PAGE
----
Culp has served as a volunteer attorney with Charlotte Center for Legal Advocacy and Legal Aid of North Carolina’s Charlotte office since 2010. She was recognized in the inaugural 2016 class of the NC Pro Bono Honor Society, her prior law firm of Mitchell & Culp was awarded the Legal Services of the Southern Piedmont’s 2012 Outstanding Legal Services Award (Small Firm), and she is currently chairing the 2018-2019 Access to Justice Campaign in Mecklenburg County, to benefit Charlotte Center for Legal Advocacy and Legal Aid of North Carolina’s Charlotte office. Culp strives to accomplish the 50-hour goal, set forth by Rule 6.1, sometimes even accepting pro bono cases through her own intake system in addition to assisting legal service providers. For Culp, doing pro bono work is an acknowledgement of the special skills and training unique to those in the legal profession and of the duty all attorneys have to serve the public.
With her record of pro bono involvement, it was no surprise that Culp was one of the first attorneys to volunteer when the Mecklenburg County Bar and the North Carolina Bar Foundation collaborated to bring the ABA Free Legal Answers program to North Carolina in 2017. The NC Free Legal Answers program (NC FLA) brings free limited-scope legal representation to the public through a secure online portal. Low-income North Carolinians can log into the public-facing side of the portal to submit their civil legal questions while N.C.-licensed attorneys in good standing can quickly register online to peruse and answer the waiting client questions.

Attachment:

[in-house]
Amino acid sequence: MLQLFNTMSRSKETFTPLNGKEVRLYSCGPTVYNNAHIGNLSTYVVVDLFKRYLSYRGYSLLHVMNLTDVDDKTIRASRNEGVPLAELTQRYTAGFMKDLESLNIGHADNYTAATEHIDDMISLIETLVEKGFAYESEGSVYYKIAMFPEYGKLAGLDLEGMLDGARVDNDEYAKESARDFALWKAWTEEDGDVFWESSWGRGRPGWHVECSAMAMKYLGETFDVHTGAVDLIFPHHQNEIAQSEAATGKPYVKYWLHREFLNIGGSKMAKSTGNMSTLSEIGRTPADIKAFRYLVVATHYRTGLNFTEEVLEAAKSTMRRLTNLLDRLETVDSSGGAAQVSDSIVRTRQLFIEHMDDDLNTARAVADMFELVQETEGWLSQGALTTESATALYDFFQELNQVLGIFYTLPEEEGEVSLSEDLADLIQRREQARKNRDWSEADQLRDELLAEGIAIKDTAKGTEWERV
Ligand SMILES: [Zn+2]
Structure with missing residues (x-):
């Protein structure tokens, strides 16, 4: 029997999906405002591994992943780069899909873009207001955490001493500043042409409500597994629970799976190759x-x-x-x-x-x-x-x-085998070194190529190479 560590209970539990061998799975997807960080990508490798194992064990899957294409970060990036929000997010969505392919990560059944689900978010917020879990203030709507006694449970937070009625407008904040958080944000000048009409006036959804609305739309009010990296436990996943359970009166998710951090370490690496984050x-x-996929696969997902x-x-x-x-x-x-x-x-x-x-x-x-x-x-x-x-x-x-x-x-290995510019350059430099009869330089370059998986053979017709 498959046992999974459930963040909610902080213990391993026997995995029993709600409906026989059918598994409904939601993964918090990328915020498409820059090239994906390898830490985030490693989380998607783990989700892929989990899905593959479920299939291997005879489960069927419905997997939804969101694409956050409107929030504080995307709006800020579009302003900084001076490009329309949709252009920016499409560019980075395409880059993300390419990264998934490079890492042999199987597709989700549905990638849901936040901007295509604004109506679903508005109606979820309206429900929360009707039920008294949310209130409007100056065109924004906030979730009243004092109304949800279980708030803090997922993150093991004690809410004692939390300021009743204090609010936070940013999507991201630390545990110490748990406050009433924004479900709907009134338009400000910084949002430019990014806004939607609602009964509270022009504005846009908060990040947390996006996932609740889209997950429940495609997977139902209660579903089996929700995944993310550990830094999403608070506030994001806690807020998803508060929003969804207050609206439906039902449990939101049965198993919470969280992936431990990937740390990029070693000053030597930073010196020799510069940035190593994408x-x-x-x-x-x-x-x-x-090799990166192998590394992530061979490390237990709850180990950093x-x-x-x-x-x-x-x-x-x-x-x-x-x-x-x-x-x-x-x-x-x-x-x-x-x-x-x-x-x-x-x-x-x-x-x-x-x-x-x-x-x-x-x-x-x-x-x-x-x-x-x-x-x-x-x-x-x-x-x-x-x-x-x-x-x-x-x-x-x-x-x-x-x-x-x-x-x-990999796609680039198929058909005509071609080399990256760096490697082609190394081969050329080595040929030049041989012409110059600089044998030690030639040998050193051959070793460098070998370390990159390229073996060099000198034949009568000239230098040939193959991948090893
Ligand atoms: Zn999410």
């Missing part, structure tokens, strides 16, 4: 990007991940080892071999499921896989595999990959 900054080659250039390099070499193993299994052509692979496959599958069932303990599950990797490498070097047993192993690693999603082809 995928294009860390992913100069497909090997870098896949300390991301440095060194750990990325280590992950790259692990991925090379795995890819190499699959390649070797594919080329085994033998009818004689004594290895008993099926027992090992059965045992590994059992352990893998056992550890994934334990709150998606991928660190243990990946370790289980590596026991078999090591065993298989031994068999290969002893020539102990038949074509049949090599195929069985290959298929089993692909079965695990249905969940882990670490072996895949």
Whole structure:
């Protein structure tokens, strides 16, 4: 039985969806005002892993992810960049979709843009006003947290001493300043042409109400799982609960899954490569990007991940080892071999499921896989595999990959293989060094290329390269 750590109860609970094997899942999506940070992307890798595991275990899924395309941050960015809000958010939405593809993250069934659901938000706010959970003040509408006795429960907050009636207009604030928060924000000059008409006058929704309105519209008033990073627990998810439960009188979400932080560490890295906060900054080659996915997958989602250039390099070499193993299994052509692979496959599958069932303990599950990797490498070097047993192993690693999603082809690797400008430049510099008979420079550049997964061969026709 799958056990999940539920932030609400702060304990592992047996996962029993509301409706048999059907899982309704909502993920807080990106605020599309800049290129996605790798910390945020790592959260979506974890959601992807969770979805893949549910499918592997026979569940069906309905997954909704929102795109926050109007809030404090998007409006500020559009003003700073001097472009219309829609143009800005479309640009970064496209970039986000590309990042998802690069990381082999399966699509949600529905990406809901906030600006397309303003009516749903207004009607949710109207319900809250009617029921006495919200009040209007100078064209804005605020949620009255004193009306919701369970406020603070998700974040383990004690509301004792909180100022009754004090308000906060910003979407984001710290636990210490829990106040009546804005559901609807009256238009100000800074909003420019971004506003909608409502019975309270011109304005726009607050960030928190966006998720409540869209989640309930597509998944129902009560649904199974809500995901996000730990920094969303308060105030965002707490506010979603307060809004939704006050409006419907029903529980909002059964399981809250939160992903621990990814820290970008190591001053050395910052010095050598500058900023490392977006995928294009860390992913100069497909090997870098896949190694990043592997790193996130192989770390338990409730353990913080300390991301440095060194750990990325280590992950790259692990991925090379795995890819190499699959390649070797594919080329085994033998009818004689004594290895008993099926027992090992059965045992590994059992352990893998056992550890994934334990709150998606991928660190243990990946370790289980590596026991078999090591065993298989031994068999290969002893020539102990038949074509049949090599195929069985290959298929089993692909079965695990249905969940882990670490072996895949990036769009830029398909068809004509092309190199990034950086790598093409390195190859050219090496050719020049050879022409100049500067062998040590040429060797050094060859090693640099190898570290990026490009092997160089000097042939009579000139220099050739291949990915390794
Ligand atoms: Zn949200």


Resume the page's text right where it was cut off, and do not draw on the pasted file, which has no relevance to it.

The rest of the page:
The beauty of NC FLA lies in its flexibility. Because of its online platform, attorneys can log in wherever, whenever, and pick whatever questions they like.
“I can answer questions on my own schedule and without a major time commitment,” Culp said.
At Essex Richards, P.A., Culp focuses her work on bankruptcy, debtor/credit issues, and commercial litigation. She is also an active member of the NCBA’s Bankruptcy Section. Upon logging into NC FLA, Culp was immediately able to find questions that paralleled her day-to-day work. She found that there were numerous questions about outstanding debts and the collection process in North Carolina, as well as questions asking about collecting debts owed to the client.
“It reaffirm[ed] my belief that most people who owe money try very hard to repay it but also need to maintain shelter, food, and transportation,” Culp said.
It is time to for us all bring our resolutions to our practice, to set goals for the year that reflect the highest potential of the legal profession, and to acknowledge how our time and talent may be generously given so that our neighbors can have a better year.
How about you? How will you answer Culp’s call to work pro bono into your year? When you’re ready, the North Carolina Bar Foundation staff is ready for you and will be available to answer your questions, get you registered with NC FLA, and keep you motivated all year long.